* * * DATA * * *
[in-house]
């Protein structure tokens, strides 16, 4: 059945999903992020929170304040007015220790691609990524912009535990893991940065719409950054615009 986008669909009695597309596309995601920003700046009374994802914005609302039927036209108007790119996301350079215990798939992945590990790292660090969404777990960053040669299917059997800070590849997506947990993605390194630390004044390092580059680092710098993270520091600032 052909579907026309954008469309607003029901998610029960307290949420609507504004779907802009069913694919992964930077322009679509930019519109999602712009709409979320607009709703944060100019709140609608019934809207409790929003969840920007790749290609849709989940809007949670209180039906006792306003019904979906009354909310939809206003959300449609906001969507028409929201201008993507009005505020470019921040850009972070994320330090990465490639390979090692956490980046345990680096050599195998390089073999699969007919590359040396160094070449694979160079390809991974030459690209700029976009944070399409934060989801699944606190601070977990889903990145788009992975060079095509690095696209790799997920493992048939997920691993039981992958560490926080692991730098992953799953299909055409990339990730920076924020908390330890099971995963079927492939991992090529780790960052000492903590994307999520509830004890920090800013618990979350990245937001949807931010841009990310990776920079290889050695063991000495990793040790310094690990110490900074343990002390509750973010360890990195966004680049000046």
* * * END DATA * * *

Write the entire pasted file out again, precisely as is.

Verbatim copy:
[in-house]
């Protein structure tokens, strides 16, 4: 059945999903992020929170304040007015220790691609990524912009535990893991940065719409950054615009 986008669909009695597309596309995601920003700046009374994802914005609302039927036209108007790119996301350079215990798939992945590990790292660090969404777990960053040669299917059997800070590849997506947990993605390194630390004044390092580059680092710098993270520091600032 052909579907026309954008469309607003029901998610029960307290949420609507504004779907802009069913694919992964930077322009679509930019519109999602712009709409979320607009709703944060100019709140609608019934809207409790929003969840920007790749290609849709989940809007949670209180039906006792306003019904979906009354909310939809206003959300449609906001969507028409929201201008993507009005505020470019921040850009972070994320330090990465490639390979090692956490980046345990680096050599195998390089073999699969007919590359040396160094070449694979160079390809991974030459690209700029976009944070399409934060989801699944606190601070977990889903990145788009992975060079095509690095696209790799997920493992048939997920691993039981992958560490926080692991730098992953799953299909055409990339990730920076924020908390330890099971995963079927492939991992090529780790960052000492903590994307999520509830004890920090800013618990979350990245937001949807931010841009990310990776920079290889050695063991000495990793040790310094690990110490900074343990002390509750973010360890990195966004680049000046």